Seagrasses are marine flowering plants that cover an estimated global area of 300,000–600,000 km2 and are crucial to the health of shallow coastal ecosystems worldwide [1]. Seagrasses typically thrive in highly reduced sediments where sulphide concentrations can accumulate to phytotoxic levels (>10 μmol L−1 [2]), which presents an ongoing enigma as to how they survive. Several hypotheses have been presented, including oxidation of sulphides internally in the aerenchyma and externally in the rhizosphere by radial oxygen loss and by root associated sulphide oxidising bacteria [3,4,5]. Bivalves belonging to the family Lucinidae have also been proposed as a mechanism for sulphide detoxification in seagrass beds globally [6]. Lucinids, unlike most animals, thrive in sulphide-rich sediments as they house symbiotic chemoautotrophic bacteria (Ca. Thiodiazotropha) inside their gills which oxidise sulphides to provide energy for CO2 fixation. In this tripartite relationship, seagrasses benefit from minimised sulphide intrusion, whilst lucinids and their symbionts profit from enhanced sulphide production arising from seagrass organic matter accumulation, which fuels microbial sulphate reduction [3]. This relationship has been recently tested in the field, where increased densities of the lucinid Loripes orbiculatus correlated with reduced sulphide intrusion in the seagrass Zostera noltei [7]. Whilst this study provides compelling evidence for sulphide detoxification for seagrass systems with high densities of lucinid bivalves, it is not adequate for explaining sulphide detoxification for systems lacking lucinids.

Lucinids acquire their endosymbionts in free-living stage from the environment, believed to be a result of chance encounters with potential symbionts during the juvenile phase [8, 9]. It follows that seagrass roots, which provide a chemical environment that bears a striking resemblance to lucinid gills (i.e., gradients of oxygen, organic matter, sulphide and carbon dioxide availability) [10, 11], would also provide a suitable niche to attract and possibly attain these bacteria. As part of recolonisation of the marine environment, seagrasses require adaptions to cope with high sulphide environments, one of which could be supported via their root microbiota. Thus, we hypothesized that seagrass roots harbour sulphur-oxidising Ca. Thiodiazotropha, which could explain their successful colonisation even in sulphide-rich sediments where lucinids are absent.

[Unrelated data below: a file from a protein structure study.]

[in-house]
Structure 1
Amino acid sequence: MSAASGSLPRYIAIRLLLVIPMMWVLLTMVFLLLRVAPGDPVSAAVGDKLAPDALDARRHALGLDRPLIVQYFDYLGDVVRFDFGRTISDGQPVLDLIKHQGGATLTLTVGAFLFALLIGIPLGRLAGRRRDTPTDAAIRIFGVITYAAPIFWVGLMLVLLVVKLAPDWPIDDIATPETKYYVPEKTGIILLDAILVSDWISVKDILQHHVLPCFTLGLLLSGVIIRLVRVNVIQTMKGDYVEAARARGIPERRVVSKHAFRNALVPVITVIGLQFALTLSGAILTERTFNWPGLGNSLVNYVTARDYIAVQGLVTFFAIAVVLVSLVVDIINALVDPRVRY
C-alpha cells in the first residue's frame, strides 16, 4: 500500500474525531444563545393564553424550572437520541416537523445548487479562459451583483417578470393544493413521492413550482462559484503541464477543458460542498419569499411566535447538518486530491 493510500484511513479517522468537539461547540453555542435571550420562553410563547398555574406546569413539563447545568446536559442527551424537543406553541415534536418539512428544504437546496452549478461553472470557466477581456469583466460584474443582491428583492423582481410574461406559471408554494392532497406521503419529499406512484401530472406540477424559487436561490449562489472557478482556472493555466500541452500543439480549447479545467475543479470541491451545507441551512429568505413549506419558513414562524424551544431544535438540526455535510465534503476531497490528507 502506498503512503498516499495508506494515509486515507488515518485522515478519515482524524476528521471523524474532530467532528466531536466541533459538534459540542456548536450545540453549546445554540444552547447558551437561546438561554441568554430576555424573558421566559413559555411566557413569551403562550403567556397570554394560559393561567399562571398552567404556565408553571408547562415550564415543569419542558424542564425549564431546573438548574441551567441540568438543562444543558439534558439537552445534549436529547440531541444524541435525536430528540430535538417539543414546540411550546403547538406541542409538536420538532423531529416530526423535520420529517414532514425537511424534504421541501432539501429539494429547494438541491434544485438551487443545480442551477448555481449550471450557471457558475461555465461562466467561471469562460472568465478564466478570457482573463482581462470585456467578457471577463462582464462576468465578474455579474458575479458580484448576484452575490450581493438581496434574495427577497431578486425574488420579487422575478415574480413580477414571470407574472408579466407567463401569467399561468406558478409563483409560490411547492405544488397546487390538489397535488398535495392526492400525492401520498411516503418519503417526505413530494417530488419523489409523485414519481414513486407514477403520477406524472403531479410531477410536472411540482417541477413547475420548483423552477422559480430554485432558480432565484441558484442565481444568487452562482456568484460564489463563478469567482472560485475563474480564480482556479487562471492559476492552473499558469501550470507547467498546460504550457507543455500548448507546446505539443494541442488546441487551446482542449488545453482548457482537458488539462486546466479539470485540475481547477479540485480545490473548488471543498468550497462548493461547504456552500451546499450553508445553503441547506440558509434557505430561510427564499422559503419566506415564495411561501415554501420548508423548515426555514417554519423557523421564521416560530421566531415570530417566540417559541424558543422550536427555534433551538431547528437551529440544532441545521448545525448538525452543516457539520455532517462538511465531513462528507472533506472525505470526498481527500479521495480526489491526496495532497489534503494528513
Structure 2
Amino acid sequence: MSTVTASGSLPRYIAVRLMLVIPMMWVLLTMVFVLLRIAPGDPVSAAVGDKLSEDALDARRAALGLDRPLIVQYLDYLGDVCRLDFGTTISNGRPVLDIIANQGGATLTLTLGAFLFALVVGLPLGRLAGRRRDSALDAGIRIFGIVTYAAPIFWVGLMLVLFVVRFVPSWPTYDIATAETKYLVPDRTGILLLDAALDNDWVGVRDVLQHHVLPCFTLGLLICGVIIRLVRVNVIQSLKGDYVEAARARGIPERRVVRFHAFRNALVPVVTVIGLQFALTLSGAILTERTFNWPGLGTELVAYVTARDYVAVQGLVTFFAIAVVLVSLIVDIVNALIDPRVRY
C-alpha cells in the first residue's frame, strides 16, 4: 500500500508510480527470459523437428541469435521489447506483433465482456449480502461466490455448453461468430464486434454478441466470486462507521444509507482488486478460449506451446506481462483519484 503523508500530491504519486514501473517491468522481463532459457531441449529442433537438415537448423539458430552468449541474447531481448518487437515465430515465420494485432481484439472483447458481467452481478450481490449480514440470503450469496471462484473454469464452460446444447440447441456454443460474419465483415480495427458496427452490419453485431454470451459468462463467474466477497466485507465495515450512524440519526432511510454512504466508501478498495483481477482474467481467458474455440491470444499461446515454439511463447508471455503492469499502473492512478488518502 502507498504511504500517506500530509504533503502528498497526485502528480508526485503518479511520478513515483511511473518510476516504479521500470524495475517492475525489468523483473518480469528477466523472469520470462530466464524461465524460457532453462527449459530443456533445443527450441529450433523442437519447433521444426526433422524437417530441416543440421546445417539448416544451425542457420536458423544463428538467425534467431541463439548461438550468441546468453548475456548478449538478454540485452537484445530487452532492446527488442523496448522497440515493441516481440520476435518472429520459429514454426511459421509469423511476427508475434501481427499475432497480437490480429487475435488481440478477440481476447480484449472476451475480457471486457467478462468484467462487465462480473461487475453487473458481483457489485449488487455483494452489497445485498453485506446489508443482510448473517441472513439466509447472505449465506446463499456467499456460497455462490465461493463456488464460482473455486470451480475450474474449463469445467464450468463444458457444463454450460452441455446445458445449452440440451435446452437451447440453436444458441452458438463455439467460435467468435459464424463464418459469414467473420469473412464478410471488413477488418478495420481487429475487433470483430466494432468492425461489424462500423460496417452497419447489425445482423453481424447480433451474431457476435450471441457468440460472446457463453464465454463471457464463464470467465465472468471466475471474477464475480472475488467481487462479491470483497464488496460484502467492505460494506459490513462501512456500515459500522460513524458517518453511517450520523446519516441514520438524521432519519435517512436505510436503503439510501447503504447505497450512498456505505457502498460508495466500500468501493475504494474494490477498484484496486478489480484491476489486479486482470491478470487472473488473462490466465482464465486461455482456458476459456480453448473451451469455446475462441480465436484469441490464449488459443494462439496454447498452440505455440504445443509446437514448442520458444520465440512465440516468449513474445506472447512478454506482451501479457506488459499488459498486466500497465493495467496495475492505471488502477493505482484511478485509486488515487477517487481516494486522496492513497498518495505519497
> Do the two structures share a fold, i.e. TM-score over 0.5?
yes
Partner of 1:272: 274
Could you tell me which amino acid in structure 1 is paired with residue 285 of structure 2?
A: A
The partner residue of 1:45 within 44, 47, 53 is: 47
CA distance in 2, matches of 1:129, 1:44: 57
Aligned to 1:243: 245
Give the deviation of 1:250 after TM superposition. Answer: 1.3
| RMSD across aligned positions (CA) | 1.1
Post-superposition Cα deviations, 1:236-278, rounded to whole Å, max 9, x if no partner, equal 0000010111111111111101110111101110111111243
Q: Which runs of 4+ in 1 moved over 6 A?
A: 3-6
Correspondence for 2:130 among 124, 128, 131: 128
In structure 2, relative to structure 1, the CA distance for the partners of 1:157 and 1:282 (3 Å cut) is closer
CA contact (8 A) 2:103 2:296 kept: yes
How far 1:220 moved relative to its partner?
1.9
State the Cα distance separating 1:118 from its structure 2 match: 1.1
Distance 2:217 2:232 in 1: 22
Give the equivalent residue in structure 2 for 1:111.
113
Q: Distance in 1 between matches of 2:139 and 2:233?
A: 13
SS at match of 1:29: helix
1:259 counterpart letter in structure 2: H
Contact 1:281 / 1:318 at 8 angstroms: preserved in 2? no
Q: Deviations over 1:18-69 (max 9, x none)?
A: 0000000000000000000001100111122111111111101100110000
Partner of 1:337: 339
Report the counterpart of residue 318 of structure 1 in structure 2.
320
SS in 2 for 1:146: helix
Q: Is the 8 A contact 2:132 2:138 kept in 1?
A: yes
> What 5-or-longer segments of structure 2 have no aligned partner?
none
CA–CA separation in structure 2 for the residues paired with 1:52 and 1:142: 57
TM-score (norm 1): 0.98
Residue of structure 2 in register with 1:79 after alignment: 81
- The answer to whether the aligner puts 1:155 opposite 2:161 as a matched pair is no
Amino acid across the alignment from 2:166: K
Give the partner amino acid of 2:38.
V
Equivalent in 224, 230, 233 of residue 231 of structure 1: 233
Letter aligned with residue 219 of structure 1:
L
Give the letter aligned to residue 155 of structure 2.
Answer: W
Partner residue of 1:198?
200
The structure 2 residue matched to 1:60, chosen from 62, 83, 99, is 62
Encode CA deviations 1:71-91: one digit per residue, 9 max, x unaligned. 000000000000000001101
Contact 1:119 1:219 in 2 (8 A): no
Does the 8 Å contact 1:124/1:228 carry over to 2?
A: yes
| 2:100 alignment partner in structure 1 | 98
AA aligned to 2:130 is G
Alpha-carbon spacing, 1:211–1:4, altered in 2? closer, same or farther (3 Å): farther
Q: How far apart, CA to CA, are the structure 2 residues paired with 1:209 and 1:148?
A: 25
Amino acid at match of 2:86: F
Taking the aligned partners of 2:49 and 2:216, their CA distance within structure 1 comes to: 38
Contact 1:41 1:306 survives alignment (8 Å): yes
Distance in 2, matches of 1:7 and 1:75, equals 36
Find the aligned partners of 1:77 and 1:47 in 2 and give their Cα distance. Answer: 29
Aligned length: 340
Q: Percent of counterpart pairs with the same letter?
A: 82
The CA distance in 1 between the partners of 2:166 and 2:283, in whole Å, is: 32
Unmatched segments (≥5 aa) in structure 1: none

To explore the possibility that seagrass roots serve as a suitable habitat for Ca. Thiodiazotropha, we analysed 16S rRNA gene sequences (Illumina MiSeq platform) recovered from publicly available and newly generated data on seagrass roots and sediments across 14 seagrass species and 10 countries (Fig. S1; Supplementary methods, Table S1 and Table S2; Supplementary datasets). All raw sequences were processed through the DADA2 pipeline [12] using SILVA 132 database [13] to assign taxonomy (R markdown file in Supplementary). Amplicon Sequence Variants (ASVs) classified as Ca. Thiodiazotropha were compared to SILVA 138 using blastn (v 2.2.29+) [13] and a phylogenetic tree was constructed using PhyML [14] with 1000 bootstraps. We also applied fluorescence in situ hybridisation (FISH) to visualise Ca. Thiodiazotropha on roots of the seagrass Halophila ovalis following the protocol outlined in [11] (detailed methods in Supplementary, Table S3 and Table S4, and Fig. S2 and Fig. S3).

Results and discussion

We recovered Ca. Thiodiazotropha sequences from roots of 12 of the 14 seagrass species analysed, comprising four seagrass families and three independent lineages of seagrass evolution [15]. When present, Ca. Thiodiazotropha sequences were consistently more abundant in seagrass root samples compared to the surrounding sediment, where often no sequences were recovered at all (Fig. 1b). Ca. Thiodiazotropha sequences were also found in seagrasses of all functional types; from large, slow growing seagrass species that develop persistent meadows such as Posidonia spp. to smaller fast growing species that form transient meadows such as Halophila spp. (Fig. 1). Data are skewed towards temperate systems, however, Ca. Thiodiazotropha sequences were also obtained from tropical seagrass roots in Florida, as well as the tropical Paracel Islands in the South China Sea (Fig. S1 and interactive map; Supplementary material). Notably, comparable levels of relative abundance of Ca. Thiodiazotropha from seagrass roots appeared independent of the presence or absence of lucinids (Fig. 1c). Together, this suggests that Ca. Thiodiazotropha colonise seagrasses irrespective of their geography, lifestyle, evolutionary history and proximity to lucinids likely because the root environment and its mosaic of chemical gradients (e.g. oxygen, pH, metals and nutrients) [10, 11] provides a suitable niche for these chemoautotrophs.